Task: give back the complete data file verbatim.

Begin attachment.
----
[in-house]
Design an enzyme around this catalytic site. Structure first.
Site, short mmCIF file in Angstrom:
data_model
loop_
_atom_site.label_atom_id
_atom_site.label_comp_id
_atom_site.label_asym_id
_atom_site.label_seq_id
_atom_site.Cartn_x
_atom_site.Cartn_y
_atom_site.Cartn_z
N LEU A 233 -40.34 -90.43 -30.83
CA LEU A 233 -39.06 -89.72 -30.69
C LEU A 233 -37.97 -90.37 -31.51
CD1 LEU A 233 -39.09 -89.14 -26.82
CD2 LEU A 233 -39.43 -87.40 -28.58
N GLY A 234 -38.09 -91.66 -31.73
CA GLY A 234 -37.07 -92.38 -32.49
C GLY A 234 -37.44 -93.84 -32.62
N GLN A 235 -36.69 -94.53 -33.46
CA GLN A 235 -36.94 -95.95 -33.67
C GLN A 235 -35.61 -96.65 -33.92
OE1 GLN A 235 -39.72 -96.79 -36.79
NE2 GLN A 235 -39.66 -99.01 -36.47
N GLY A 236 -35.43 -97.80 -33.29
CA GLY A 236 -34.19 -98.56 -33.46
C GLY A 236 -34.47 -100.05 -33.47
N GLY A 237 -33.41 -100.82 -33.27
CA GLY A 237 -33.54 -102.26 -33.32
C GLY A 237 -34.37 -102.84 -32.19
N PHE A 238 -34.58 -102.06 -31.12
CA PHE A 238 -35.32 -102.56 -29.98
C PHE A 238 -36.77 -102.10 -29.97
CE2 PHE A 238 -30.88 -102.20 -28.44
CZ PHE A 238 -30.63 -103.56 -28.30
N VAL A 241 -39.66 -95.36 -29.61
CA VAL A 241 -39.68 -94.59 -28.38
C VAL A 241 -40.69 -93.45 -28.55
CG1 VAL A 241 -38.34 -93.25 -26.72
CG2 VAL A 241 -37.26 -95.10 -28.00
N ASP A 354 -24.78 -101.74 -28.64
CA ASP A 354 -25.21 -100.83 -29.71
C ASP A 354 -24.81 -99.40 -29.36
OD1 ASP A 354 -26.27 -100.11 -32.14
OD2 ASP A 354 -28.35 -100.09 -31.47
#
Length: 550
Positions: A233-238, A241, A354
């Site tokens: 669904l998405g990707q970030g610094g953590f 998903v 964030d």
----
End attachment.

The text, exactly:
[in-house]
Design an enzyme around this catalytic site. Structure first.
Site, short mmCIF file in Angstrom:
data_model
loop_
_atom_site.label_atom_id
_atom_site.label_comp_id
_atom_site.label_asym_id
_atom_site.label_seq_id
_atom_site.Cartn_x
_atom_site.Cartn_y
_atom_site.Cartn_z
N LEU A 233 -40.34 -90.43 -30.83
CA LEU A 233 -39.06 -89.72 -30.69
C LEU A 233 -37.97 -90.37 -31.51
CD1 LEU A 233 -39.09 -89.14 -26.82
CD2 LEU A 233 -39.43 -87.40 -28.58
N GLY A 234 -38.09 -91.66 -31.73
CA GLY A 234 -37.07 -92.38 -32.49
C GLY A 234 -37.44 -93.84 -32.62
N GLN A 235 -36.69 -94.53 -33.46
CA GLN A 235 -36.94 -95.95 -33.67
C GLN A 235 -35.61 -96.65 -33.92
OE1 GLN A 235 -39.72 -96.79 -36.79
NE2 GLN A 235 -39.66 -99.01 -36.47
N GLY A 236 -35.43 -97.80 -33.29
CA GLY A 236 -34.19 -98.56 -33.46
C GLY A 236 -34.47 -100.05 -33.47
N GLY A 237 -33.41 -100.82 -33.27
CA GLY A 237 -33.54 -102.26 -33.32
C GLY A 237 -34.37 -102.84 -32.19
N PHE A 238 -34.58 -102.06 -31.12
CA PHE A 238 -35.32 -102.56 -29.98
C PHE A 238 -36.77 -102.10 -29.97
CE2 PHE A 238 -30.88 -102.20 -28.44
CZ PHE A 238 -30.63 -103.56 -28.30
N VAL A 241 -39.66 -95.36 -29.61
CA VAL A 241 -39.68 -94.59 -28.38
C VAL A 241 -40.69 -93.45 -28.55
CG1 VAL A 241 -38.34 -93.25 -26.72
CG2 VAL A 241 -37.26 -95.10 -28.00
N ASP A 354 -24.78 -101.74 -28.64
CA ASP A 354 -25.21 -100.83 -29.71
C ASP A 354 -24.81 -99.40 -29.36
OD1 ASP A 354 -26.27 -100.11 -32.14
OD2 ASP A 354 -28.35 -100.09 -31.47
#
Length: 550
Positions: A233-238, A241, A354
């Site tokens: 669904l998405g990707q970030g610094g953590f 998903v 964030d």